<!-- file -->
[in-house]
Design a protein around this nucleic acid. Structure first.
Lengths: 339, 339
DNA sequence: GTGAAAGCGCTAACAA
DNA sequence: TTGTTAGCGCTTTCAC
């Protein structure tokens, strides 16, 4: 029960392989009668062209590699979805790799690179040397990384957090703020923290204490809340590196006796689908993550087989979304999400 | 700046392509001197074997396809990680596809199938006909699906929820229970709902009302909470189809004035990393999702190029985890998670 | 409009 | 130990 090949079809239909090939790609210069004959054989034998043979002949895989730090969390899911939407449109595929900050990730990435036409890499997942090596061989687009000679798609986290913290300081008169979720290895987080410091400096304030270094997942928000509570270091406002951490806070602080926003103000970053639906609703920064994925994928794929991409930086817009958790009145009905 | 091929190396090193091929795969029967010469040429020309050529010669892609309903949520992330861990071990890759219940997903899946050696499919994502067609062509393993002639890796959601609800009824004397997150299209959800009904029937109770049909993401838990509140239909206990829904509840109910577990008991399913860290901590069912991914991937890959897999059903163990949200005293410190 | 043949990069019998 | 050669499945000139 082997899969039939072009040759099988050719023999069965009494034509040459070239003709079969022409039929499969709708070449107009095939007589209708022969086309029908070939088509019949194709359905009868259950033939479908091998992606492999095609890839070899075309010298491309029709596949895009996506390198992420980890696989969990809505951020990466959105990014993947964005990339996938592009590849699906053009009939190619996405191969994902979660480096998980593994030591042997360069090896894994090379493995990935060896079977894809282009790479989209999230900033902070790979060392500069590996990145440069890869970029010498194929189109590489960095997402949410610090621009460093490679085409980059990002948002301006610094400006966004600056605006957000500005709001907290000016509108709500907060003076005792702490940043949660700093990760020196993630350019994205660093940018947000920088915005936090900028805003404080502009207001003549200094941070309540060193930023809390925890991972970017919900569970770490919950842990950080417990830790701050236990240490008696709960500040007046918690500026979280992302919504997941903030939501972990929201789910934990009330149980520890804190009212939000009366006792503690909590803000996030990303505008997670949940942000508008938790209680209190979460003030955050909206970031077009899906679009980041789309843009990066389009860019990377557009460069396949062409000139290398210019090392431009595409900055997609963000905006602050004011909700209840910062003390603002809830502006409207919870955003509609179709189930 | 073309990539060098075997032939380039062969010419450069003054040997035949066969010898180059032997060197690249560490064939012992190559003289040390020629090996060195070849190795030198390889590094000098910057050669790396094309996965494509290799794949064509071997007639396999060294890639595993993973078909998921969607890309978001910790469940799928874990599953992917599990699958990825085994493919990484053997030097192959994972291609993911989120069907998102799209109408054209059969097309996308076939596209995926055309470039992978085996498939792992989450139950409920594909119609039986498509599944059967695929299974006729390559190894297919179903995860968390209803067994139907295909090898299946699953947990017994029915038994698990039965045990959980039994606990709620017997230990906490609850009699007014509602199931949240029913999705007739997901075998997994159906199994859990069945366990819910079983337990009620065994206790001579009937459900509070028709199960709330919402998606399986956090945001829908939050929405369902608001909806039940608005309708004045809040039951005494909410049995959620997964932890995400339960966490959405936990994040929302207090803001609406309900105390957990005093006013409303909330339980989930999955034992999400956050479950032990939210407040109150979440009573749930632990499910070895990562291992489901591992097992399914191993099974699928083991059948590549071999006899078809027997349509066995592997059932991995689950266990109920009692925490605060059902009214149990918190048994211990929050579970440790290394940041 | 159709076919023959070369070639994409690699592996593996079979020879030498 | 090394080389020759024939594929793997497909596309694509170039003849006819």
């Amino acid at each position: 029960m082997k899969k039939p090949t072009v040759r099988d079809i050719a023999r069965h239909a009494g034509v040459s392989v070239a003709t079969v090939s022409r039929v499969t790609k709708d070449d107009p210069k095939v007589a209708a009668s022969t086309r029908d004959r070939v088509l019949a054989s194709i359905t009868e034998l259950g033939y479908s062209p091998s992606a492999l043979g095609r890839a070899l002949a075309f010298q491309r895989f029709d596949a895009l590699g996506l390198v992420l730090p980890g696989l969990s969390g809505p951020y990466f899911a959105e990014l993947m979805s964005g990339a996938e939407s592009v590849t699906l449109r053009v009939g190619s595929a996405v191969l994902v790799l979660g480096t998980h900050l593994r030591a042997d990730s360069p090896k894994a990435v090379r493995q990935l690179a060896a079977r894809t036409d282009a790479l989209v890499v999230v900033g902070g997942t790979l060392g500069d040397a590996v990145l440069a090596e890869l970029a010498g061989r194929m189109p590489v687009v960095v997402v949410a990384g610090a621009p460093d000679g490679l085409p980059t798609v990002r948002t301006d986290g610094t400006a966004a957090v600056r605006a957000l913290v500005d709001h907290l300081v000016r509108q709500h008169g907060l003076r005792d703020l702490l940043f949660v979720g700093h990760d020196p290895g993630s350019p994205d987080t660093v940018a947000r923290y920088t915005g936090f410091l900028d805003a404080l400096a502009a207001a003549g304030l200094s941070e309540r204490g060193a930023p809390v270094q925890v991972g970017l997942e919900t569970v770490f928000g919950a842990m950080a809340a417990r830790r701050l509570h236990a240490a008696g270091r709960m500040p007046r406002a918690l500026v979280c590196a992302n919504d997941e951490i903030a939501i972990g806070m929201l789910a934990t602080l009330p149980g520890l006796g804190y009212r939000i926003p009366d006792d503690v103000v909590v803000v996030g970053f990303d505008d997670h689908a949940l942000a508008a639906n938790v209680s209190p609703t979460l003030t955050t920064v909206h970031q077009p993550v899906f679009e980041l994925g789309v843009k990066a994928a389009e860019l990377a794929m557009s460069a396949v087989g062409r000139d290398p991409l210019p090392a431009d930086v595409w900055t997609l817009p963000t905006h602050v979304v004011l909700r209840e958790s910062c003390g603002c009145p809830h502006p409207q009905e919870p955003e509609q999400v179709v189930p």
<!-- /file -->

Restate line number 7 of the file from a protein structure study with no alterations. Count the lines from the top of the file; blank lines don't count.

């Amino acid at each position: 029960m082997k899969k039939p090949t072009v040759r099988d079809i050719a023999r069965h239909a009494g034509v040459s392989v070239a003709t079969v090939s022409r039929v499969t790609k709708d070449d107009p210069k095939v007589a209708a009668s022969t086309r029908d004959r070939v088509l019949a054989s194709i359905t009868e034998l259950g033939y479908s062209p091998s992606a492999l043979g095609r890839a070899l002949a075309f010298q491309r895989f029709d596949a895009l590699g996506l390198v992420l730090p980890g696989l969990s969390g809505p951020y990466f899911a959105e990014l993947m979805s964005g990339a996938e939407s592009v590849t699906l449109r053009v009939g190619s595929a996405v191969l994902v790799l979660g480096t998980h900050l593994r030591a042997d990730s360069p090896k894994a990435v090379r493995q990935l690179a060896a079977r894809t036409d282009a790479l989209v890499v999230v900033g902070g997942t790979l060392g500069d040397a590996v990145l440069a090596e890869l970029a010498g061989r194929m189109p590489v687009v960095v997402v949410a990384g610090a621009p460093d000679g490679l085409p980059t798609v990002r948002t301006d986290g610094t400006a966004a957090v600056r605006a957000l913290v500005d709001h907290l300081v000016r509108q709500h008169g907060l003076r005792d703020l702490l940043f949660v979720g700093h990760d020196p290895g993630s350019p994205d987080t660093v940018a947000r923290y920088t915005g936090f410091l900028d805003a404080l400096a502009a207001a003549g304030l200094s941070e309540r204490g060193a930023p809390v270094q925890v991972g970017l997942e919900t569970v770490f928000g919950a842990m950080a809340a417990r830790r701050l509570h236990a240490a008696g270091r709960m500040p007046r406002a918690l500026v979280c590196a992302n919504d997941e951490i903030a939501i972990g806070m929201l789910a934990t602080l009330p149980g520890l006796g804190y009212r939000i926003p009366d006792d503690v103000v909590v803000v996030g970053f990303d505008d997670h689908a949940l942000a508008a639906n938790v209680s209190p609703t979460l003030t955050t920064v909206h970031q077009p993550v899906f679009e980041l994925g789309v843009k990066a994928a389009e860019l990377a794929m557009s460069a396949v087989g062409r000139d290398p991409l210019p090392a431009d930086v595409w900055t997609l817009p963000t905006h602050v979304v004011l909700r209840e958790s910062c003390g603002c009145p809830h502006p409207q009905e919870p955003e509609q999400v179709v189930p």